By Elizabeth Morgan
Many women experience emotional changes that make them feel low during the days before their periods. In some women, these changes may be mild and transient, disappearing with the onset of a period. In other women, emotional symptoms may be severe enough to interfere with normal activities. Common symptoms are depression, anxiety, irritability and aggression, resulting in what is sometimes called the “PMS blues”.
When emotional or physical symptoms of PMS are severe, this condition is called premenstrual dysphoric disorder, or PMDD. PMDD occurs in two to ten percent of all women of reproductive age in the United States. Women with PMDD may have feelings of hopelessness and guilt and a sense of being overwhelmed. Many women with PMDD report feeling very tense and become suddenly sad or are overly sensitive to other people. These symptoms may cause them to withdraw from normal social interaction and can seriously interfere with normal activities and relationships at home and at work.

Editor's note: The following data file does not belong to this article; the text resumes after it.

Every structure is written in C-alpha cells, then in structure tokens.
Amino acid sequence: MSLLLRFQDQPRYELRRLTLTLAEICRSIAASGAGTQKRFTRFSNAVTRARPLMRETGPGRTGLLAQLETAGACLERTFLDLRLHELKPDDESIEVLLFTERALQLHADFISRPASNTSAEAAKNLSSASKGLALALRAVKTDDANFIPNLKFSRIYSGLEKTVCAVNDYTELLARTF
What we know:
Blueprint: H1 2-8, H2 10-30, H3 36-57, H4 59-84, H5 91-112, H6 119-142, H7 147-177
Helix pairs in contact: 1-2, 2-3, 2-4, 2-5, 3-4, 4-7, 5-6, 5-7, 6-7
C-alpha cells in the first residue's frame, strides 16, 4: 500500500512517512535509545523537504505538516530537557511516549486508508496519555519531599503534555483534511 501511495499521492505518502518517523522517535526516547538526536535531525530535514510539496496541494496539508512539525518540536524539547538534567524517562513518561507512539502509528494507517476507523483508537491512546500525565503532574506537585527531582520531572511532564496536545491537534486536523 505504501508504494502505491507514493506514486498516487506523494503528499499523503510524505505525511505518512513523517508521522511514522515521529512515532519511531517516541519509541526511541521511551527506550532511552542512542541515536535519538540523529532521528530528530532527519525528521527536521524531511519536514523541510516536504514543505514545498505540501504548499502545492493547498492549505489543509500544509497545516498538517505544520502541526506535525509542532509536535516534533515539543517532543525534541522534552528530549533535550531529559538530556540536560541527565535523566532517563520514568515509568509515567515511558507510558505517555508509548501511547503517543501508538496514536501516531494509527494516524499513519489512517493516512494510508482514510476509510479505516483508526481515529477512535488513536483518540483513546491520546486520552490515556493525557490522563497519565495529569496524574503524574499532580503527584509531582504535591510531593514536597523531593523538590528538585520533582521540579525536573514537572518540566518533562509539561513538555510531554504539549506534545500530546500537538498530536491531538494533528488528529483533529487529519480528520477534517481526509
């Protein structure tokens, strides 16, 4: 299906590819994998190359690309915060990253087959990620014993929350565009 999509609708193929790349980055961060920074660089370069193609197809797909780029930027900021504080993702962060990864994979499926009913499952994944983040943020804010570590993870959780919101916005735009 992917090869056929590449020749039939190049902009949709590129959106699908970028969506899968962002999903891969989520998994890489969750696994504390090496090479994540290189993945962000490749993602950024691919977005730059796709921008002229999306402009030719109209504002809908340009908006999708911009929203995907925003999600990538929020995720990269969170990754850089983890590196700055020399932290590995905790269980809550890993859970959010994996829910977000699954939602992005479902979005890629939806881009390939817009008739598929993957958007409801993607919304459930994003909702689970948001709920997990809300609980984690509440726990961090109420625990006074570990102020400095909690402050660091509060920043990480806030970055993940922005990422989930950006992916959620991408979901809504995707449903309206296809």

Many of the emotional symptoms of PMS experienced by women are thought to stem from the brain’s reduced ability to utilize a chemical called serotonin during the premenstrual phase. Serotonin has a mood-enhancing effect. Therefore, the mainstay of treating more severe emotional symptoms is a group of drugs called selective serotonin reuptake inhibitors, or SSRIs. These drugs act by improving the brain s ability to utilize serotonin, thereby stabilizing a woman’s mood.
Some emotional symptoms are worsened by the effect of physical symptoms of PMS. A woman may experience pain and tiredness and not feel up to sticking to her normal exercise routine. Exercise releases natural mood-elevating and pain-relieving compounds called endorphins; less exercise means lower endorphin levels. Weight gain, bloating, and insomnia may worsen anxiety during PMS. Therefore, management of these physical symptoms through exercise, diet, and medication can help reduce emotional symptoms.